When a loved one struggles with fine motor control or other physical and cognitive challenges, it can make getting dressed in ordinary clothes difficult. As a caregiver, if you’re assisting your family member with dressing, you may be in search of clothing options that make the process easier or allow your loved one more independence. In the past, adaptive clothes were hard to find, offered limited choices, were basic, and focused on function without consideration to style. Now many more options are available to fit specific needs or fashion preferences.

Here are some common features and adaptations for clothing that may ease dressing and undressing for those needing assistance.

Alternative fasteners

Traditional clothes fasteners like buttons and even zippers can be difficult even for a caretaker trying to help someone quickly and easily secure clothing. It takes a lot of fine motor control and hand and finger strength to grab and manipulate small parts to fasten clothing together. Common alternatives to simplify this both for caregivers in assisting and for individuals to dress themselves include fabric and magnet fasteners along the seam. These types of fasteners can also be opened more quickly in case of an emergency.

Tommy Hilfiger has an adaptive line with many features, including a whole section for easy closures like magnets, fabric fasteners, and one-handed zippers.

Buck & Buck is an adaptive clothing line that includes shirts for men that look like button-ups but use fabric fasteners in the front and even have velcro cuffs.

Target has adaptive clothing, such as the Velcro Side Fastener Bra with front closure for ease.

Openings on the back and side

As a caregiver, it can be easier to dress someone when the fasteners are on the back or sides, providing the wearer more privacy. In addition, clothes that open on the sides or back are much easier to put on and take off, even when the wearer is seated or laying down. Some pants also have back panels covered by a flap, making it easier to change adult diapers or use the restroom without undressing. Additionally, open-back clothing makes it more difficult for older people with dementia, Alzheimer’s, or other cognitive challenges to remove their clothing in inappropriate situations.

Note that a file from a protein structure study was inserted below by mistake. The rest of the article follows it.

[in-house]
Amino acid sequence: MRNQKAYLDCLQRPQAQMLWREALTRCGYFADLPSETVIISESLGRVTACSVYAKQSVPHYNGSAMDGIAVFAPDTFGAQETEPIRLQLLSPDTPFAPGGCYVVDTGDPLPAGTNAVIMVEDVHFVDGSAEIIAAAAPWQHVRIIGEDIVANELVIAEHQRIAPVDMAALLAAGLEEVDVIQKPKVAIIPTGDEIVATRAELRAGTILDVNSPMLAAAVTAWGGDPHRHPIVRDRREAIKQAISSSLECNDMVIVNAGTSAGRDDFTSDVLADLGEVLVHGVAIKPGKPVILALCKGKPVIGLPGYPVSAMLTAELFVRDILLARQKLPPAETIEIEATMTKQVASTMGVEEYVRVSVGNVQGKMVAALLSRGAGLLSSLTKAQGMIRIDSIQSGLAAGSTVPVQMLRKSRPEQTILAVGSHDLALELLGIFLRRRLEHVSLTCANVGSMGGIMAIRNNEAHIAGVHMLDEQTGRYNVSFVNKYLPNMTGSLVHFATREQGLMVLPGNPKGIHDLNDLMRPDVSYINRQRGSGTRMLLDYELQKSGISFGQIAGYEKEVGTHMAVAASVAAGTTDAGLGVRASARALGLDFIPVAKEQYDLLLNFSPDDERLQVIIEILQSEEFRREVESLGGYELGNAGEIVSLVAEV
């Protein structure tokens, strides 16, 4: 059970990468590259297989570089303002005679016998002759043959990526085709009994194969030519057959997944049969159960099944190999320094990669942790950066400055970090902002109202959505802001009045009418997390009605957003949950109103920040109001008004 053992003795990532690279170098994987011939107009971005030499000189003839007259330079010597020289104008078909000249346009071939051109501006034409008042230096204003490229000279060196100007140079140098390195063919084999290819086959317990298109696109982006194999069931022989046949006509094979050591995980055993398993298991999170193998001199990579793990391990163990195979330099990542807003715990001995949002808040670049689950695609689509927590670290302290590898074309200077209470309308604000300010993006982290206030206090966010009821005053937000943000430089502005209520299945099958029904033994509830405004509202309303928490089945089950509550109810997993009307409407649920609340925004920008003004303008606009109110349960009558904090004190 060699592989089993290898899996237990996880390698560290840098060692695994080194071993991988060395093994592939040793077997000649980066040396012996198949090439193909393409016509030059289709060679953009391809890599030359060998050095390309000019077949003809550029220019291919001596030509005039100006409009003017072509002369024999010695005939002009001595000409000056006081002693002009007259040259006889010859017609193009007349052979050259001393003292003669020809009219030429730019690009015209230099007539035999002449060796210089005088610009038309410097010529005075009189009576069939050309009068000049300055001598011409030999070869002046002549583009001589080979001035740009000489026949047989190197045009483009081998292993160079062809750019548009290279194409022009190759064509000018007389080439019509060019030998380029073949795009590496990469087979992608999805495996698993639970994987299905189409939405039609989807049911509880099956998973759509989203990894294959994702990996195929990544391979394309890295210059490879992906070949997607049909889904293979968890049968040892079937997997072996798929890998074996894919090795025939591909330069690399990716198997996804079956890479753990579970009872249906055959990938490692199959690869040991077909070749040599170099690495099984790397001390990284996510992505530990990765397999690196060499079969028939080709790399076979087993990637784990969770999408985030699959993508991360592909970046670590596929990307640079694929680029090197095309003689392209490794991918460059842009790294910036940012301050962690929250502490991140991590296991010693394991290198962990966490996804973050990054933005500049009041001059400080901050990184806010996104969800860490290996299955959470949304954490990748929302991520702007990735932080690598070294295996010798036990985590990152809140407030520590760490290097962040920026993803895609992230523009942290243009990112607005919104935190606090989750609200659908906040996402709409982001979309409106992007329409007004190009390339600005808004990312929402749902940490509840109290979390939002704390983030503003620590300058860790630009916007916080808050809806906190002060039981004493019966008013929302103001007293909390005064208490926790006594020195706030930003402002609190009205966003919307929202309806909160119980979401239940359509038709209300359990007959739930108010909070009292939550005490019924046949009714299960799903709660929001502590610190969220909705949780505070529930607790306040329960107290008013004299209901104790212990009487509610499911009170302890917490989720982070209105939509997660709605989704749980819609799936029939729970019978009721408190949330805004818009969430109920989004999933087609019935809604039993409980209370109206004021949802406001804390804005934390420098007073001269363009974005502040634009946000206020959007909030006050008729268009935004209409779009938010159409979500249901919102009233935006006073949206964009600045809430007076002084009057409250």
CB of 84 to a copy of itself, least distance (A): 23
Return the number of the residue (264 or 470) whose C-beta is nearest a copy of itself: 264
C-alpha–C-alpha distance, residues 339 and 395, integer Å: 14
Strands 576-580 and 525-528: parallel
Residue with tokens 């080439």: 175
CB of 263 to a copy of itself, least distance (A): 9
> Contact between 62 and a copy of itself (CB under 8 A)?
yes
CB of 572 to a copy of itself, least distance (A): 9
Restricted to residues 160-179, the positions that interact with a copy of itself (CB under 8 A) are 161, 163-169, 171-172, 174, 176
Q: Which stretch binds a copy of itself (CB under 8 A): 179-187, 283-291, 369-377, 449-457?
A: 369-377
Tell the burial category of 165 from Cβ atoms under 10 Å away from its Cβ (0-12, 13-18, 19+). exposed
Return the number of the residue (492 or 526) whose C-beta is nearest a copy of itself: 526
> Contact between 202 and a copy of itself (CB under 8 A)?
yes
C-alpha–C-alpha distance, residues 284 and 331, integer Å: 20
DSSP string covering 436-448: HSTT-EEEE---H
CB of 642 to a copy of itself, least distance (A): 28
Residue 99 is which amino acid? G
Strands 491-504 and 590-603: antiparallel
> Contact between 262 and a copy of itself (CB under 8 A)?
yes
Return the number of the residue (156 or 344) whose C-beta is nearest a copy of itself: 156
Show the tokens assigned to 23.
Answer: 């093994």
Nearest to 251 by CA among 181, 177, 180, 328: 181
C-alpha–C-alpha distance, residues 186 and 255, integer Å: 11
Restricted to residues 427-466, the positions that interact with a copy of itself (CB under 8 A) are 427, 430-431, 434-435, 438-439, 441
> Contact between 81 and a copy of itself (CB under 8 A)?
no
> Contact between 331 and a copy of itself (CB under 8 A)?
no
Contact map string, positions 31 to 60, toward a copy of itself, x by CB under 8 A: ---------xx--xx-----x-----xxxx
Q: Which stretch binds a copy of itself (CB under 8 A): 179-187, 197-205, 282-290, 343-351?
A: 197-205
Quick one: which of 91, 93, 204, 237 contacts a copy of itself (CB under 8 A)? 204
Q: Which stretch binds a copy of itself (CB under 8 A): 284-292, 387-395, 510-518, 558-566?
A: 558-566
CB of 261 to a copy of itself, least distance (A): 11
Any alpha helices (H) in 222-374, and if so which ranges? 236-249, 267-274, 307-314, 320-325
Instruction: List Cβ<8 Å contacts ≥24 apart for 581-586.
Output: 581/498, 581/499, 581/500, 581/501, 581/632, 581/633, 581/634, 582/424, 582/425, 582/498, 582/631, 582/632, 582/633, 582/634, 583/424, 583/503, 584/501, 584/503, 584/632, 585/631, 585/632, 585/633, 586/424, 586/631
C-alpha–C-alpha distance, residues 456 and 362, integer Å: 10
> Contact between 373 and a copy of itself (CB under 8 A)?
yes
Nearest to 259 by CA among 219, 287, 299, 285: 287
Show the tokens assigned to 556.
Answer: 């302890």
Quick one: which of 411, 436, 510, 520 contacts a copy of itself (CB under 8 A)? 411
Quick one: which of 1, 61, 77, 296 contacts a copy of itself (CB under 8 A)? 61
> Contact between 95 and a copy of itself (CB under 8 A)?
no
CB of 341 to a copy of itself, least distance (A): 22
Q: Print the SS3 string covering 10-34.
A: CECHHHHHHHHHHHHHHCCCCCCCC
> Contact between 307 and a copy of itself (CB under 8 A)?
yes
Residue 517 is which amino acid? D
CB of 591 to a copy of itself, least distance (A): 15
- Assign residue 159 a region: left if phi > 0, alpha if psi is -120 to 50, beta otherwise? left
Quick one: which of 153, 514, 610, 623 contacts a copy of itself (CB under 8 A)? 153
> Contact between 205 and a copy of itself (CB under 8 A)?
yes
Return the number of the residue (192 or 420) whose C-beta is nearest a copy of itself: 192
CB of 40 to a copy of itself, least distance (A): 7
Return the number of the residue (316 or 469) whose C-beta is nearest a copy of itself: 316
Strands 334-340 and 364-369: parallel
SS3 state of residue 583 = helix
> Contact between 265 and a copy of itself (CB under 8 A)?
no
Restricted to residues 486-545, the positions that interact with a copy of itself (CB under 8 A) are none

Silverts has Alzheimer’s Kits for women and men that include anti-strip jumpsuits with closures on the back.

Ovidis has adaptive pants with back panel access, like the Sophie pants for women.

Buck & Buck has a large selection of all types of clothing with closures on the back.

Joe and Bella has an adaptive line with rear closure clothes, like the Open-back Adaptive Fleece Sweatshirt, eliminating the need to pull it over the head.

Workaround medical devices

Elderly adults may require specific medical devices like braces, catheters, monitors, or even wheelchairs, which interfere with traditional clothing. Therefore, some clothes are explicitly designed to work around wearable devices. Such clothing makes dressing and undressing easier and more comfortable while not interfering with medical function or needing to check devices.

Silverts has wheelchair-specific clothing, like the Wheelchair Gabardine Pants for Men. These allow you to dress from a seated position and are designed to be comfortable and keep everything covered while sitting.

Elder Wear and Aids also has a wheelchair-friendly adaptive clothing section with pants, dresses, shirts, and more.

Buck & Buck offers urinary catheter clothing, which allows for easier access when emptying or checking the collection bag, along with other helpful adaptations.

Adaptive footwear

Whether you need outdoor shoes for leaving the house or slippers to prevent falls indoors, proper footwear that’s easy to get on and off and is also comfortable is essential. Having the right pair of shoes can make the difference in older adults’ comfort and ability to stay mobile and active. Shoes should have a wide opening to be easy to get on and off and have a simple fastener. They should also have enough room for potential swelling, be stable and nonslip, padded to reduce foot stress, easy to walk in, and fit around braces or any other devices around the foot.

Nike has an adaptive sneaker line called Flyease that is easy to get on and off one-handed.

Zappos is a large shoe retailer which has a section where you can filter for all the adaptive shoe brands they offer in one place.

Those with diabetes may benefit from Silverts diabetic footwear.

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